Ireland austerity details: cut welfare, cut gov't jobs, cut minimum wage, tax more people, invent new taxes, cut health-care spending, cut education spending, but don't touch the lowest corporate rate in Europe

Get ready for Greek like protest in Ireland.  As Ireland unveils their austerity plan and it is going to be a difficult pill for workers unions to swallow.

Ireland won't be the only country to have to go on a diet.  Most of the Western world, including the US and Japan are still pretending that they will be able to pay off their debt and unfunded liabilities, without politically difficult cuts.  Via NY Times:

The International Monetary Fund and Ireland’s partners in the European Union insisted on an austerity budget as a condition for the $114 billion bailout, money that Ireland badly needs after it intervened to rescue its banks.

During the economic boom years before 2008, Irish banks borrowed cheaply and pumped out loans on houses and construction projects, helping to fuel an American-style housing bubble that went bust, ravaging their balance sheets.

The austerity plan calls for cuts of nearly 15 percent in Ireland’s social welfare budget, one of Europe’s most generous, saving $4 billion a year. Some 24,750 public jobs — a huge number in a country of about 4 million people — would be eliminated, cutting state payrolls down to about what they were in 2005 and saving about $1.6 billion a year. Child benefits and other social welfare payments would be reduced, and the nation’s minimum wage, now 8.65 euros, or $11.59, an hour, would be cut by 1 euro, or about $1.34, in the hope of promoting job creation.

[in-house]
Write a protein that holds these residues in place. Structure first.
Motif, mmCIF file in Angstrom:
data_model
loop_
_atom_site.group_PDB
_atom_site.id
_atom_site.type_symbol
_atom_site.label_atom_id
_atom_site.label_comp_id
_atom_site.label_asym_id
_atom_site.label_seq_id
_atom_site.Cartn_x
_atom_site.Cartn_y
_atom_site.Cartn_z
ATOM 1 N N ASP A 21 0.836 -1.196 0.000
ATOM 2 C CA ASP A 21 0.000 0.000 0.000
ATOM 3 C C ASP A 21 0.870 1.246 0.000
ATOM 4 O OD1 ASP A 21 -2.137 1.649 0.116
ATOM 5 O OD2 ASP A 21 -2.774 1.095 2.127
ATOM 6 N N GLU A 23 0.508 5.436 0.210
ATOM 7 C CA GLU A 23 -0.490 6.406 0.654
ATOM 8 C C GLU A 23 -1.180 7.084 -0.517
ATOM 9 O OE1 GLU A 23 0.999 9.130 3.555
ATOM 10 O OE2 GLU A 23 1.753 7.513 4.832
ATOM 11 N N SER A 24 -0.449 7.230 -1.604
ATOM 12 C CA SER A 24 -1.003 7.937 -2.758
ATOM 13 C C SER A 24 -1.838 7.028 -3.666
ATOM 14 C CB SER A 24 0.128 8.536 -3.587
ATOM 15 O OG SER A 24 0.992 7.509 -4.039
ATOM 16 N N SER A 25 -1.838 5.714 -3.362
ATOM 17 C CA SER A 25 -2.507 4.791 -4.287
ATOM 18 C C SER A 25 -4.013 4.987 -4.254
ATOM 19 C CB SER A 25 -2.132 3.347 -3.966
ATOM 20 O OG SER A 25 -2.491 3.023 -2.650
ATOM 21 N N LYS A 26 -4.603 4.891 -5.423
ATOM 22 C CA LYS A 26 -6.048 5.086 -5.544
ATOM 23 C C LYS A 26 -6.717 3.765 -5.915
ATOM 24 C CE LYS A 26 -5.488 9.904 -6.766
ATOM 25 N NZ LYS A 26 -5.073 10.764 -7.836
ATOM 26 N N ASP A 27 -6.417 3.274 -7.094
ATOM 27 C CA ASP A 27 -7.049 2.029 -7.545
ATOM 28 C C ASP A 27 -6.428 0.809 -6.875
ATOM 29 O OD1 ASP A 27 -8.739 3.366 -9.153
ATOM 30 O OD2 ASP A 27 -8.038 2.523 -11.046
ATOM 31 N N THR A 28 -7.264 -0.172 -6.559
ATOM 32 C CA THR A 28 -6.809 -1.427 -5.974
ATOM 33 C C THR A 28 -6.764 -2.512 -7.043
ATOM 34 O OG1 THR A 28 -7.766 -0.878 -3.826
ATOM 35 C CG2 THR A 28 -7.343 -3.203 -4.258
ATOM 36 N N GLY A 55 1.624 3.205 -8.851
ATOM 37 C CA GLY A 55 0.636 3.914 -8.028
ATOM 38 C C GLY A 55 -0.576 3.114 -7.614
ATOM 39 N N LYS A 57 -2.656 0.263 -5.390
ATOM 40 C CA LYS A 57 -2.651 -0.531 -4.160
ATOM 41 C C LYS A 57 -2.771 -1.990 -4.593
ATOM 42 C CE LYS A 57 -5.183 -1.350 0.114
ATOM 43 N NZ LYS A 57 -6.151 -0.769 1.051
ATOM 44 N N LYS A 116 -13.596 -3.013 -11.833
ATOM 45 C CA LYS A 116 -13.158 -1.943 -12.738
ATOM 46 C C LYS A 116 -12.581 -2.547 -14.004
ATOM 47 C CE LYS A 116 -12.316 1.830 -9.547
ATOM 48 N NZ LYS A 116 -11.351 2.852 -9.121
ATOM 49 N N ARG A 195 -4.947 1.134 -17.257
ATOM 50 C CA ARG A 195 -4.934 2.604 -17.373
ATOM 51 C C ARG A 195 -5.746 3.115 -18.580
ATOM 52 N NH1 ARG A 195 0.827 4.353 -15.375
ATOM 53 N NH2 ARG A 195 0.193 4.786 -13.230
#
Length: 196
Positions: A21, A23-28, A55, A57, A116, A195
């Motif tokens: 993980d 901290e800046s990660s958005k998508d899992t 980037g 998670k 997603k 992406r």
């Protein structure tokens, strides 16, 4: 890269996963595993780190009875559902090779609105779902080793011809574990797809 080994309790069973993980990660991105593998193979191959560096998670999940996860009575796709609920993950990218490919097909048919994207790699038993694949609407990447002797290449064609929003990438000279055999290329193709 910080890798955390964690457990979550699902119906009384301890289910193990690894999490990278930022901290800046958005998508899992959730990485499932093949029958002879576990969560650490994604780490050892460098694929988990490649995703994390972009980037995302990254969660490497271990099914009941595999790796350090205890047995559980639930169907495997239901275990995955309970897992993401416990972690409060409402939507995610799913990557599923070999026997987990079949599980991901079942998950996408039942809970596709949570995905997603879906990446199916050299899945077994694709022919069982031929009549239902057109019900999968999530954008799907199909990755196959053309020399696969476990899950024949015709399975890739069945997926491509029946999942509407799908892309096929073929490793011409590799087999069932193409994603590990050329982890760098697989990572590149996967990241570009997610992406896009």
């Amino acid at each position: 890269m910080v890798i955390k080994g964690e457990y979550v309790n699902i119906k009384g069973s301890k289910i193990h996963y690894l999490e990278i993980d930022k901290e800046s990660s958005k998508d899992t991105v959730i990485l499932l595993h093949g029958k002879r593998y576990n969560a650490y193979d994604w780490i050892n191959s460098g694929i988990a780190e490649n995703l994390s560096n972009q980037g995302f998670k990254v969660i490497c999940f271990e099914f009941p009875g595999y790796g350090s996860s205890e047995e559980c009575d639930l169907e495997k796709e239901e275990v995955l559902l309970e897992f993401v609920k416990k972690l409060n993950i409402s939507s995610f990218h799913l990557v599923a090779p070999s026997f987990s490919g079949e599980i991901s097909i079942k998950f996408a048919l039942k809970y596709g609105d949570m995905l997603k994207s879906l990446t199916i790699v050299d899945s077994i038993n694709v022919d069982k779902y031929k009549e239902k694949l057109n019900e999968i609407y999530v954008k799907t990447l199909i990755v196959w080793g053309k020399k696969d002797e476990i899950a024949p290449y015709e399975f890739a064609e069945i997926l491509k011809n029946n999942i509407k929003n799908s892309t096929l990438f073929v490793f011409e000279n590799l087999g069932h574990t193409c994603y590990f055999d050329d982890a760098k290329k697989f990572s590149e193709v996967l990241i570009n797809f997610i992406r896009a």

Under the measures, Ireland’s tax net would be widened to take in some low-income workers who currently pay no tax, and a series of new taxes would be imposed on certain residential properties, as well as on 120,000 people who receive public sector pensions.

The government also plans to cut spending on health care by over $1.9 billion through a series of measures that are likely to push up the cost of private health insurance.

Capital spending on education will rise, but education programs will nonetheless take a hit starting next year, as more than $66.7 million is cut from the four-year budget. Classroom sizes may also grow if educators cannot find ways to reduce teacher payrolls.

Thousands of young Irish, along with people who have been shut out of the job market, are swelling the ranks of Ireland’s university students as they ride out a difficult economy.

Still, the austerity plan does not touch Ireland’s low corporate tax rate of 12.5 percent, which has helped to lure companies like Microsoft, Intel and Pfizer to set up operations in the country.


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